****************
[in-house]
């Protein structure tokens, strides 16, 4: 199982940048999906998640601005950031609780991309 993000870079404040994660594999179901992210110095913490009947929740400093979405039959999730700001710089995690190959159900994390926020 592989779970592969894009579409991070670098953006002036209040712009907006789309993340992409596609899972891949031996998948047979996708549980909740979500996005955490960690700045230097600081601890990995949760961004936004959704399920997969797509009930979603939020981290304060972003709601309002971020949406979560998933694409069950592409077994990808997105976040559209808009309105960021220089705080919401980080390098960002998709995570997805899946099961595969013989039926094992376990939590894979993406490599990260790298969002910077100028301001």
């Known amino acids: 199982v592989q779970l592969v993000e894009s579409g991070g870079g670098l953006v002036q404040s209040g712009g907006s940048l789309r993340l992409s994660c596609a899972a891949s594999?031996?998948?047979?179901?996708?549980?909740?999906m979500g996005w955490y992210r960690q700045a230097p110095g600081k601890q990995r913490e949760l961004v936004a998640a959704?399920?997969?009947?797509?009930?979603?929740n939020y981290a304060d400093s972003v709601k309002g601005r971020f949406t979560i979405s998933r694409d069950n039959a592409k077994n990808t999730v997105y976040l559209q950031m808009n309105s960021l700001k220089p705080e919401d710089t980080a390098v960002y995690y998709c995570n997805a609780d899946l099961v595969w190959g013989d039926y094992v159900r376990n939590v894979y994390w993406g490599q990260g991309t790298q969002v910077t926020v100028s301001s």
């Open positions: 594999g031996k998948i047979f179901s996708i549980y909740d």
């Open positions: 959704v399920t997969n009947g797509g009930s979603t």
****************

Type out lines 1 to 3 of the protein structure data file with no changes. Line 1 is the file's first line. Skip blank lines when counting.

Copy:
[in-house]
């Protein structure tokens, strides 16, 4: 199982940048999906998640601005950031609780991309 993000870079404040994660594999179901992210110095913490009947929740400093979405039959999730700001710089995690190959159900994390926020 592989779970592969894009579409991070670098953006002036209040712009907006789309993340992409596609899972891949031996998948047979996708549980909740979500996005955490960690700045230097600081601890990995949760961004936004959704399920997969797509009930979603939020981290304060972003709601309002971020949406979560998933694409069950592409077994990808997105976040559209808009309105960021220089705080919401980080390098960002998709995570997805899946099961595969013989039926094992376990939590894979993406490599990260790298969002910077100028301001």
């Known amino acids: 199982v592989q779970l592969v993000e894009s579409g991070g870079g670098l953006v002036q404040s209040g712009g907006s940048l789309r993340l992409s994660c596609a899972a891949s594999?031996?998948?047979?179901?996708?549980?909740?999906m979500g996005w955490y992210r960690q700045a230097p110095g600081k601890q990995r913490e949760l961004v936004a998640a959704?399920?997969?009947?797509?009930?979603?929740n939020y981290a304060d400093s972003v709601k309002g601005r971020f949406t979560i979405s998933r694409d069950n039959a592409k077994n990808t999730v997105y976040l559209q950031m808009n309105s960021l700001k220089p705080e919401d710089t980080a390098v960002y995690y998709c995570n997805a609780d899946l099961v595969w190959g013989d039926y094992v159900r376990n939590v894979y994390w993406g490599q990260g991309t790298q969002v910077t926020v100028s301001s």